Two weeks after the resignation of Alison Redford as Premier, the blogosphere, op-ed pages and social media in Alberta and across the country are still full of people trying to make sense of what went wrong for Redford, and why she was pushed to resign just two years into her mandate.
There are some common threads running through most of these explanations and, as always, all of them contain some grain of truth. Was it the $45 000 trip to South Africa? Was it systemic misogyny run amok in the Legislature, the Conservative Party, and the mainstream media? Was it that she was a “bully” who could not play nicely with others? Yes, yes and yes.
All of these things undoubtedly played a role in her early departure from the halls of power, but they are all also loaded politically and inevitably serve one political agenda or another. There can be no doubt, for example, that the costs of the South Africa trip along with all the other outrageous travel expenses, and her team’s poor handling of them, were a major contributing factor. They highlighted for many Albertans just how entitled this government actually is and how disconnected they are from the daily realities of the people they represent.
For Albertans struggling to make ends meet amid growing inflation and stagnating wages to see their government spend more on one trip than they make in a year was eye-opening and rage-inducing. But this is not new. Ralph Klein famously spent hundreds of thousands of dollars during his tenure flying the government jet to private fishing trips with big-money party donors, and his popularity never waned because of it. What makes it different for Redford is that for the last 20 years, the extreme right in Alberta has worked extremely hard to convince us that government is by nature inefficient, wasteful and redundant. That message, delivered endlessly by the Fraser Institute, the Canadian Taxpayers Federation and much of the mainstream media, and echoed gladly by the Wildrose Party, is part of their larger political agenda of privatization, low taxes, public-sector cuts and political disengagement.
While nobody would deny that level of spending and entitlement is problematic, when we focus on that exclusively, and make that the cornerstone of our outrage and anger, we must be aware that what we are doing is reinforcing this extremist right-wing frame and doing serious damage to our democracy and our confidence in quality public services funded through fair taxation.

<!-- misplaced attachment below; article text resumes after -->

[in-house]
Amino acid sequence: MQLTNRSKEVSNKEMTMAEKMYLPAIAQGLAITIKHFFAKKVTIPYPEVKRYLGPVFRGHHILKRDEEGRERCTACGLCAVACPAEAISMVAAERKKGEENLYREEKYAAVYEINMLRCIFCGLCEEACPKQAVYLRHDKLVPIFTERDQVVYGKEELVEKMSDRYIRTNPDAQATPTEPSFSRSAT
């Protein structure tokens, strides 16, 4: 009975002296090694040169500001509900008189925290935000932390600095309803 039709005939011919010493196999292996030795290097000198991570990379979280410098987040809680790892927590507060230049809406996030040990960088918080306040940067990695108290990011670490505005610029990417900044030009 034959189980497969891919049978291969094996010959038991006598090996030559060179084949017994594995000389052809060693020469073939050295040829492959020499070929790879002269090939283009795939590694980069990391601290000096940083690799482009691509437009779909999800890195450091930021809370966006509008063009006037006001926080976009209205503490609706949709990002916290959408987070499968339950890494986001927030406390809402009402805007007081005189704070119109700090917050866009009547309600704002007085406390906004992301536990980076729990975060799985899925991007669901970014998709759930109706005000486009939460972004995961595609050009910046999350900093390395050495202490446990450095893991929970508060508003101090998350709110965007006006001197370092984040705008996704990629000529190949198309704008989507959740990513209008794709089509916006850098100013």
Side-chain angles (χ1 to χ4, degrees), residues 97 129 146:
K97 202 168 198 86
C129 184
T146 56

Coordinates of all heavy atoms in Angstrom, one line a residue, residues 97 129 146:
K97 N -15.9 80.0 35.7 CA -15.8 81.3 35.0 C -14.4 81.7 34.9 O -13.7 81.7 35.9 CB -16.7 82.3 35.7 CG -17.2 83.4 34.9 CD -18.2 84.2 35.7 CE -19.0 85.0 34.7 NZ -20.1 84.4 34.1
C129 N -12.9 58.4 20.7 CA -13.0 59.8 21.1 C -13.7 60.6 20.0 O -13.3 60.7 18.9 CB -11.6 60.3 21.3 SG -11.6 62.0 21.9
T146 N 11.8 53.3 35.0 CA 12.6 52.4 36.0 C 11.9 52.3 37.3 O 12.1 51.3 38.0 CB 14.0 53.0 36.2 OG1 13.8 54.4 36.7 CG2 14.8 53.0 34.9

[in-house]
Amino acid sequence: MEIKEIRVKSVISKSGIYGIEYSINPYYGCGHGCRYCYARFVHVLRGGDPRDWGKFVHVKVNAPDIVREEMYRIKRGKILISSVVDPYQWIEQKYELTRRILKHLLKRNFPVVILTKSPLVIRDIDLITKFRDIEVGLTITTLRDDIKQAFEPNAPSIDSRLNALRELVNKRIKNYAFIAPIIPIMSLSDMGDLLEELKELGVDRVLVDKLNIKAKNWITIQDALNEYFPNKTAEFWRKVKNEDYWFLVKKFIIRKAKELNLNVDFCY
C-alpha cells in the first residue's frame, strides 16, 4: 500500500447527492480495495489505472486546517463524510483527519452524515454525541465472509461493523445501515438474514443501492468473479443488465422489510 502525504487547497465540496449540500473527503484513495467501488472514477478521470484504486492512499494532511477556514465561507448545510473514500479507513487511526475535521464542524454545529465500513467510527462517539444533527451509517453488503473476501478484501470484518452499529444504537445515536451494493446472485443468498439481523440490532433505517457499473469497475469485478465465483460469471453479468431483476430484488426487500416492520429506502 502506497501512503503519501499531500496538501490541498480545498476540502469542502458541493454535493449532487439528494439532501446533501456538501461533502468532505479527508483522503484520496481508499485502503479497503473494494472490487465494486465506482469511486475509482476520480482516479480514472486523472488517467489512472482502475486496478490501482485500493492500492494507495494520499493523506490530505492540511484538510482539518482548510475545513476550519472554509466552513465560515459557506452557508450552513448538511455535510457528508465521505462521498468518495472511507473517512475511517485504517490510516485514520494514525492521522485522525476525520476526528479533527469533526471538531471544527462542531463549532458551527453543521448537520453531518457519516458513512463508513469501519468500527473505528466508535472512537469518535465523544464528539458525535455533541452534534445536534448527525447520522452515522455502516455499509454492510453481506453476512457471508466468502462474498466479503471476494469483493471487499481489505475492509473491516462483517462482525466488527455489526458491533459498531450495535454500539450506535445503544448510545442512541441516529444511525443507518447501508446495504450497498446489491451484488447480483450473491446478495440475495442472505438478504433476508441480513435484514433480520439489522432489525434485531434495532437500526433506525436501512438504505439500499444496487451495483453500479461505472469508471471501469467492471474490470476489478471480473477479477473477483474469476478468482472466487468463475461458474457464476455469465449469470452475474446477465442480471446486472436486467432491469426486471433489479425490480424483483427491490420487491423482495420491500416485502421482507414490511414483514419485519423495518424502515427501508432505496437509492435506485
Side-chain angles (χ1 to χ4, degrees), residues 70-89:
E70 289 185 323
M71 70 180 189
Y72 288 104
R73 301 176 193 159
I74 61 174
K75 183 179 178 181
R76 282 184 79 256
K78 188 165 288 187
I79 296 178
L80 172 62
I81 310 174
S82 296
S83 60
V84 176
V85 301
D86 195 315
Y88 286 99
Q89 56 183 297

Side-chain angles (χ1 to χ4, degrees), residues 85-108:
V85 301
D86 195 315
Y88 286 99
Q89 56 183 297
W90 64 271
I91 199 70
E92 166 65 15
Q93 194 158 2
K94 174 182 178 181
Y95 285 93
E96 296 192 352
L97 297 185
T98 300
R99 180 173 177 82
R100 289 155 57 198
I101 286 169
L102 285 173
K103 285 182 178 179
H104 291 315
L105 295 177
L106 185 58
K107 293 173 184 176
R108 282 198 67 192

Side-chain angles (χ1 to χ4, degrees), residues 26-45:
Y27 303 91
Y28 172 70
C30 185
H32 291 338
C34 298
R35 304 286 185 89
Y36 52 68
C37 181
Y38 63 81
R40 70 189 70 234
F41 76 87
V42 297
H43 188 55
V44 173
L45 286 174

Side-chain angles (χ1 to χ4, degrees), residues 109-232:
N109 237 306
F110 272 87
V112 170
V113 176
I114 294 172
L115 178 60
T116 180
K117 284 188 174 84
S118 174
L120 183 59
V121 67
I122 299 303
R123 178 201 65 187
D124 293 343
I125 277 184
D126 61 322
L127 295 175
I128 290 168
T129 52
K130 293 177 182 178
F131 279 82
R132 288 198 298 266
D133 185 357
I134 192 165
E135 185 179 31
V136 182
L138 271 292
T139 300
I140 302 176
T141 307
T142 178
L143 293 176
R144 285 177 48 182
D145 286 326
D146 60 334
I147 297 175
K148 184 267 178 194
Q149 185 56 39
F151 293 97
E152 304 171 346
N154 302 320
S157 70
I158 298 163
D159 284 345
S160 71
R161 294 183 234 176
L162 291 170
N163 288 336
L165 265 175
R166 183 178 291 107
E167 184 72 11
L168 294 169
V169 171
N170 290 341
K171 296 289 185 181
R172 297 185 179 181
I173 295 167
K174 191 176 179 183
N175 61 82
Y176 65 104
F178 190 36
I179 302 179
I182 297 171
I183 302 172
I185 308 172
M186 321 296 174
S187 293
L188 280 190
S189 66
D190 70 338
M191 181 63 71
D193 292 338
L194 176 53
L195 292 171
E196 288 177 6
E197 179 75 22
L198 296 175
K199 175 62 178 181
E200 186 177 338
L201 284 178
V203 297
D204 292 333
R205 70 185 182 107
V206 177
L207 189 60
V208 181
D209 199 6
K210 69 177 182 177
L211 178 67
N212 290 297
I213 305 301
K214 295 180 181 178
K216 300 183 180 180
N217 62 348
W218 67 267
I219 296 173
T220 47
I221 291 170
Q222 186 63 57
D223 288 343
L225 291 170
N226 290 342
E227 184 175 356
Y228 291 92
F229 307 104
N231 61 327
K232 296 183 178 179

Likewise, there can be no question that systemic misogyny played a significant role in Redford’s downfall. Her refusal to kowtow to the old-boys’ club that runs the caucus and the party resulted in the use of gender-loaded language to attack her. She was framed as “not a nice lady” and a “princess” who was “bossy” and threw “temper tantrums.” Yes, she had difficulty building allies within the caucus, and yes, she took a loud my-way-or-the-highway approach with staff and caucus members, but how is any of that any different than how Stephen Harper runs the inner circles of his government? Yet the media and other politicians do not use those kinds of words to describe him. He is framed as “authoritarian,” “iron fisted” and “demanding.” Certainly not positive words, but words not loaded with gender bias either.
Certainly we can speak of Redford’s leadership style without reinforcing the systemic misogyny that contributed to her demise, and we have a responsibility to do so.
But there is a bigger issue at play with these explanations. While reckless spending, a misogynistic party and her leadership style all contributed to her premature resignation, these things are all fundamentally about personality and anti-government rhetoric and make impossible a more meaningful discussion about the actual policy and legislative substance of her time in office.
This is a Premier who promised two-percent funding increases to post-secondary education during the election and then proceeded to cut funding seven percent in the very next budget. She promised stable and predictable funding to education and health care and delivered nothing but cuts in two consecutive budgets. She wooed the public service during the election and within two years had moved to freeze their salaries, gut their pensions and introduce legislation designed to take away their collective-bargaining rights and their freedom of association and free speech. All of these policies were a direct betrayal of everything she pretended to stand for during the election and of many of the people who supported her election bid.
It was ultimately the fight-back by Albertans against these policies and politics that combined with outrage about her travel costs and leadership style to create a perfect storm. To focus only on the latter is to ignore the role that her actual policies played in her departure. By doing so we are contributing to the emerging myth that it was about her, and not her politics or those of her party. The only thing that can come from that myth is the further disengagement of Albertans from politics, and the further entrenchment of the extremist right-wing ideology of privatization, low taxes and small government.
There is an opportunity at hand to build on the engagement Albertans are feeling. Let’s make sure we don’t waste it by omitting a key part of the story. V
Ricardo Acuña is the executive director of the Parkland Institute, a non-partisan, public policy research institute housed at the University of Alberta.